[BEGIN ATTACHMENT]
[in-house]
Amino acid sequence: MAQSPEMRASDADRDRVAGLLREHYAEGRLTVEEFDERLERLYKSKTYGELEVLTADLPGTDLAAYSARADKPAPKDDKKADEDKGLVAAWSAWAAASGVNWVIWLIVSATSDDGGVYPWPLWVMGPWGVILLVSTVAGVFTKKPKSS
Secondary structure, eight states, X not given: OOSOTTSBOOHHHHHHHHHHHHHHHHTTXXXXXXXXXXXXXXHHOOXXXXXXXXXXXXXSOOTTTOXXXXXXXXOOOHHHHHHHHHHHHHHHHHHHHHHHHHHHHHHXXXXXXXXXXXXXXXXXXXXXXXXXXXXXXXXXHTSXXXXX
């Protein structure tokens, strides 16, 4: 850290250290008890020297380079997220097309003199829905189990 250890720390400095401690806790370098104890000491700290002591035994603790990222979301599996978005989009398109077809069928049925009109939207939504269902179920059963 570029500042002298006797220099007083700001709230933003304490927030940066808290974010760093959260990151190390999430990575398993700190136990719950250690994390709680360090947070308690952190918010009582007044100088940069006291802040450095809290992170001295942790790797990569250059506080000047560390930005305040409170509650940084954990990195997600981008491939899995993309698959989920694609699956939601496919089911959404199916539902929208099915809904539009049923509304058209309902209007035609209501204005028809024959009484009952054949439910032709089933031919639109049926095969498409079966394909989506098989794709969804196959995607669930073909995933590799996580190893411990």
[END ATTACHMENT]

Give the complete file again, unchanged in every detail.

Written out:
[in-house]
Amino acid sequence: MAQSPEMRASDADRDRVAGLLREHYAEGRLTVEEFDERLERLYKSKTYGELEVLTADLPGTDLAAYSARADKPAPKDDKKADEDKGLVAAWSAWAAASGVNWVIWLIVSATSDDGGVYPWPLWVMGPWGVILLVSTVAGVFTKKPKSS
Secondary structure, eight states, X not given: OOSOTTSBOOHHHHHHHHHHHHHHHHTTXXXXXXXXXXXXXXHHOOXXXXXXXXXXXXXSOOTTTOXXXXXXXXOOOHHHHHHHHHHHHHHHHHHHHHHHHHHHHHHXXXXXXXXXXXXXXXXXXXXXXXXXXXXXXXXXHTSXXXXX
């Protein structure tokens, strides 16, 4: 850290250290008890020297380079997220097309003199829905189990 250890720390400095401690806790370098104890000491700290002591035994603790990222979301599996978005989009398109077809069928049925009109939207939504269902179920059963 570029500042002298006797220099007083700001709230933003304490927030940066808290974010760093959260990151190390999430990575398993700190136990719950250690994390709680360090947070308690952190918010009582007044100088940069006291802040450095809290992170001295942790790797990569250059506080000047560390930005305040409170509650940084954990990195997600981008491939899995993309698959989920694609699956939601496919089911959404199916539902929208099915809904539009049923509304058209309902209007035609209501204005028809024959009484009952054949439910032709089933031919639109049926095969498409079966394909989506098989794709969804196959995607669930073909995933590799996580190893411990």